Will many tourists visit Spain in July, 2020? Highly unlikely under present conditions and here’s why

Segovia, Spain

With much of Spain still in lockdown due to COVID-19, and a huge percentage of the Spanish population out of work and not getting paid, the Spanish government is trying to encourage tourists to visit again starting in early July.

After all, with at least 12% of Spain’s economy coming from tourism, and many Spanish businesses saying they need tourists to come back if they are going to survive, the country needs all the tourists it can get.

The problem is, as much as many international holidaymakers would love to go on a regular holiday to Spain, with the Spanish government’s restrictions for what can and cannot be done when they get there, it is very likely most will just not bother.

After all, even though some restrictions have been eased and holidaymakers are being encouraged to visit Spain starting on July 1st, with other restrictions still in place few people will fancy a holiday in Spain under present conditions.

Not if they are forced to wear masks in many public buildings, be segregated on beaches and then be served food and drink in cafes and restaurants that are only allowed to have up to 50% their normal capacity.

Let’s face it, half the fun of holidaying in Spain is the relaxed and pleasant Spanish atmosphere. An atmosphere that simply will not exist under these conditions.

Throw in that waiters in restaurants, cafes and hotels will be wearing masks and gloves, and massive sanitization steps will be taking place in all public places and, no, a holiday in Spain in 2020 will not sound appealing to many.

Cudillero, Asturias — Image by javier alamo/Pixabay

Take my parents, for instance. A couple whose favorite country is Spain and who spend at least 2-3 months there every year.

They were airlifted out of Malaga, Spain in the middle of March by their British tour group after the Spanish government announced borders would be shutting down in days.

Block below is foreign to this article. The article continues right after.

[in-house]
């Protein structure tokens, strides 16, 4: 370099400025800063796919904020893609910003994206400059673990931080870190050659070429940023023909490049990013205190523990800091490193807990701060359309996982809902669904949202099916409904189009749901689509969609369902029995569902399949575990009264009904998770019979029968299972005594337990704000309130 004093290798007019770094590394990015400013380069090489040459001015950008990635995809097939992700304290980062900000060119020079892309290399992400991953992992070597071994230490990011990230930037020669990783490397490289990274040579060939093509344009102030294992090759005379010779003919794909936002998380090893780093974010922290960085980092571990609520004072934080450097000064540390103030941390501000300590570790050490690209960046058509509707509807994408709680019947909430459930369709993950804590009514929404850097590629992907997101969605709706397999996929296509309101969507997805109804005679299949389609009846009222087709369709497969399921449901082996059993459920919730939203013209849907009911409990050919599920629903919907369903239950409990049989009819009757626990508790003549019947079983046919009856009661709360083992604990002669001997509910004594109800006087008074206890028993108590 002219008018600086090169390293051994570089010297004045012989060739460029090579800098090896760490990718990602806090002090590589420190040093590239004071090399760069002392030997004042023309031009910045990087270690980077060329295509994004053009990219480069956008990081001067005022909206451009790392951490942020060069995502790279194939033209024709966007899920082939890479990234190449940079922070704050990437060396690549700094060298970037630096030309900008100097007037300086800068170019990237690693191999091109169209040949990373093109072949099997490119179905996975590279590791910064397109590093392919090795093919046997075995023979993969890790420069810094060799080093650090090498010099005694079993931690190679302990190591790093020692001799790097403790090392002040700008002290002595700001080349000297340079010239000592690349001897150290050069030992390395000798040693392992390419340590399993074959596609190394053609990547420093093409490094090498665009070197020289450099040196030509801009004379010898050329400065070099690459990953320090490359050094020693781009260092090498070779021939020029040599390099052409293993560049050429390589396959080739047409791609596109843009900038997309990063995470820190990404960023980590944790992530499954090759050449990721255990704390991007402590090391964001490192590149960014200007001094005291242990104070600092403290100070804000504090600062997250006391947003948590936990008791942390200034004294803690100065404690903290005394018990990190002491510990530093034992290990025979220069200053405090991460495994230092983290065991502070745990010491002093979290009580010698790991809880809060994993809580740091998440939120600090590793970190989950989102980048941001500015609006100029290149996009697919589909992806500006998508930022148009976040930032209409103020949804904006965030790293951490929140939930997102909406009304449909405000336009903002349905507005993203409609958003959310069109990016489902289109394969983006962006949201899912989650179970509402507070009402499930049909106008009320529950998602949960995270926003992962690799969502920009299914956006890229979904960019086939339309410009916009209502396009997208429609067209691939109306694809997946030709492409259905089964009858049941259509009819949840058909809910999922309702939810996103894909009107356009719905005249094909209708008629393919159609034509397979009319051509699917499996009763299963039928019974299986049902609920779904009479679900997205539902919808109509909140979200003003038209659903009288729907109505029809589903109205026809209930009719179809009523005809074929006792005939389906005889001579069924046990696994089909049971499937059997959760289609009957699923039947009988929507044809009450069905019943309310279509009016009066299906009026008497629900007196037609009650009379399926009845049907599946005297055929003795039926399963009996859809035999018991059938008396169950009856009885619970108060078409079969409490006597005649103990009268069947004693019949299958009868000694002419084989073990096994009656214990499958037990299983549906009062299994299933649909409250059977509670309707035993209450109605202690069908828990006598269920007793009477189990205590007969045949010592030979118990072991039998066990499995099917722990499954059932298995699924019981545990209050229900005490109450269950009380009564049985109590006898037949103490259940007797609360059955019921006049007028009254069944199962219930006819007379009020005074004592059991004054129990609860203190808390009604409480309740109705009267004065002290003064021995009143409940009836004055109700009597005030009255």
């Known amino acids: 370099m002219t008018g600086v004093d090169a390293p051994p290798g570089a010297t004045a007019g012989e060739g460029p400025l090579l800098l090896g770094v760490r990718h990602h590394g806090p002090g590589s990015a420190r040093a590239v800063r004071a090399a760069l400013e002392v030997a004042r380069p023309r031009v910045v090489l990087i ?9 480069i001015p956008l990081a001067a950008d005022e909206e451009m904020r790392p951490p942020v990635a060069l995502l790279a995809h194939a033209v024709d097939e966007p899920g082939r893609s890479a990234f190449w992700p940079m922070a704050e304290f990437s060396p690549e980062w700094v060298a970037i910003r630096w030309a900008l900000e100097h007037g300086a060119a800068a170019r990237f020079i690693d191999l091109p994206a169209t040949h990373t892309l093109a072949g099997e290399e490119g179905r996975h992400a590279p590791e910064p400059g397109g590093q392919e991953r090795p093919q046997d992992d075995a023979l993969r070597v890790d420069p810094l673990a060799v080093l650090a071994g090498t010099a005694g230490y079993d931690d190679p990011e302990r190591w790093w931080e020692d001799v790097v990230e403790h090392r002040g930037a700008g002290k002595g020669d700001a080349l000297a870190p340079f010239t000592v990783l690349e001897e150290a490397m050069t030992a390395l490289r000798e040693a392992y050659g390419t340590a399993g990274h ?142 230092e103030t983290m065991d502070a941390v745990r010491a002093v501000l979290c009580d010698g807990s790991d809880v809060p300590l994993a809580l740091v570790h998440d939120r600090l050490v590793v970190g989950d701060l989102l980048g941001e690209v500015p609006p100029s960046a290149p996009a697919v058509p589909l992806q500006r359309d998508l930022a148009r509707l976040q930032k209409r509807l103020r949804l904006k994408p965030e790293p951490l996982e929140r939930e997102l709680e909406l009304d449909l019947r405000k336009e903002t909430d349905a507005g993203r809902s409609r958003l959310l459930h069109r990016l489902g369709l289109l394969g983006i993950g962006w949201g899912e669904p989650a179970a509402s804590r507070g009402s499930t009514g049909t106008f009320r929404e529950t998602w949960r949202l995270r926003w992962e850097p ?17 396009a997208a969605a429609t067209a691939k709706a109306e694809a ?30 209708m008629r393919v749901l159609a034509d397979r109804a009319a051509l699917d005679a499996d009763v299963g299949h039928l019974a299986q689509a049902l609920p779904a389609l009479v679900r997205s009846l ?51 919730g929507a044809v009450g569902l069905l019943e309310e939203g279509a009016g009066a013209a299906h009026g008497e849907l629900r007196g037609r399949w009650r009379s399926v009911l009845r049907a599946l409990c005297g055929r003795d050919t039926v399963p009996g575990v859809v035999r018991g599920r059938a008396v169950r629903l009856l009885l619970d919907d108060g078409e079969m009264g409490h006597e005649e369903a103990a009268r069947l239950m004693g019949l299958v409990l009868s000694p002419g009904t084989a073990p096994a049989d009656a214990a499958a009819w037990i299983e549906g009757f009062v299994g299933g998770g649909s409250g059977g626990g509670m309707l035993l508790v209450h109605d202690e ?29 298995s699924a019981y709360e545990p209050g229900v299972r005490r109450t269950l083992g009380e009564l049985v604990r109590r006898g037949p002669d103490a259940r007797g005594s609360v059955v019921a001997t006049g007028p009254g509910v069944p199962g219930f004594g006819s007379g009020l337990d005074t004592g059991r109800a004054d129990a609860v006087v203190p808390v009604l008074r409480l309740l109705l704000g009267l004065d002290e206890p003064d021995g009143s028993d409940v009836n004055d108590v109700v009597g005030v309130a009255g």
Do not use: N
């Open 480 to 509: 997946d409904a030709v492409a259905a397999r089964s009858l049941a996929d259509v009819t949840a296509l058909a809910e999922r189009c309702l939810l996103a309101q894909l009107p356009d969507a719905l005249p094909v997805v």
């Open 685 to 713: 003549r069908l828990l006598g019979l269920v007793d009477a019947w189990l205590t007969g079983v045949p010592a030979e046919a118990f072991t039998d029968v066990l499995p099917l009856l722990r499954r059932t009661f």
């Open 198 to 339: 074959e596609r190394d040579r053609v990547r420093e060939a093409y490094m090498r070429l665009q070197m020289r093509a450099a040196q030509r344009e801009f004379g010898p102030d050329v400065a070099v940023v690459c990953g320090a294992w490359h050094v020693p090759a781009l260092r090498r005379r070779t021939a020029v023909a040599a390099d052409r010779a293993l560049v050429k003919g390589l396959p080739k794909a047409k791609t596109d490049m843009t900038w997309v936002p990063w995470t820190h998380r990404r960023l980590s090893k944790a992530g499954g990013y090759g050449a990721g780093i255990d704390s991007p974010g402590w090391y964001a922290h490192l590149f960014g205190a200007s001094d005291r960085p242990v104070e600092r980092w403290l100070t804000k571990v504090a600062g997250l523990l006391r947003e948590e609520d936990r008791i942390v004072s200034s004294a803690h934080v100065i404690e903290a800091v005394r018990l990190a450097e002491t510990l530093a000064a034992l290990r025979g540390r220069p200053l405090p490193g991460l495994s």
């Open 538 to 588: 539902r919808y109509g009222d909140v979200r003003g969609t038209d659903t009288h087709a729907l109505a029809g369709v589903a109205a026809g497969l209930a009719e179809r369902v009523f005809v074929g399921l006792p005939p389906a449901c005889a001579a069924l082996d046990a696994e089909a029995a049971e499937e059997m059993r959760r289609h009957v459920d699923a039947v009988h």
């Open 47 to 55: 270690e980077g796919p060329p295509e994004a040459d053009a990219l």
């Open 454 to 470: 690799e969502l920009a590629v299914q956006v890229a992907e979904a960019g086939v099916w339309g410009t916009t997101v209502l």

Now back in their home country of America, they still have another holiday to Spain booked for the beginning of November and, up until they heard about the restrictions, were still looking forward to their trip.

Like my mother said though, “If it means wearing masks on a 10-hour plane ride, plus wearing masks in Spanish supermarkets, tourist attractions and museums, and being forced to ‘social distance’ from the people we normally sit with in our hotel, we will just cancel the holiday, lose our deposit and stay at home instead. Because having a holiday under those conditions would be too uncomfortable to bear”.

Meanwhile, various regional governments are in negotiations with tour groups from Germany, the UK and other countries where a large number of tourists normally arrive from in an effort to get their holidays up and running and tourists returning to Spain as before.

This includes possibly opening up parts of the country to foreign tourists — the parts that were the least hit by COVID-19 — while leaving others closed for the time being.

It also means allowing tourists to come from countries the least affected by the virus while disallowing tourists from others.

Cordoba — Image by Frank Nürnberger/Pixabay

Sadly, however, it is highly likely the measures currently being discussed will not do much to allow Spain to save its tourist industry this year.

If that does happen, millions of Spanish workers will be out of work permanently.

Because, just like my parents, when considering spending the money necessary to visit Spain and then be faced with these kinds of restrictions when they get there, most people will probably decide to save their money and simply stay home instead.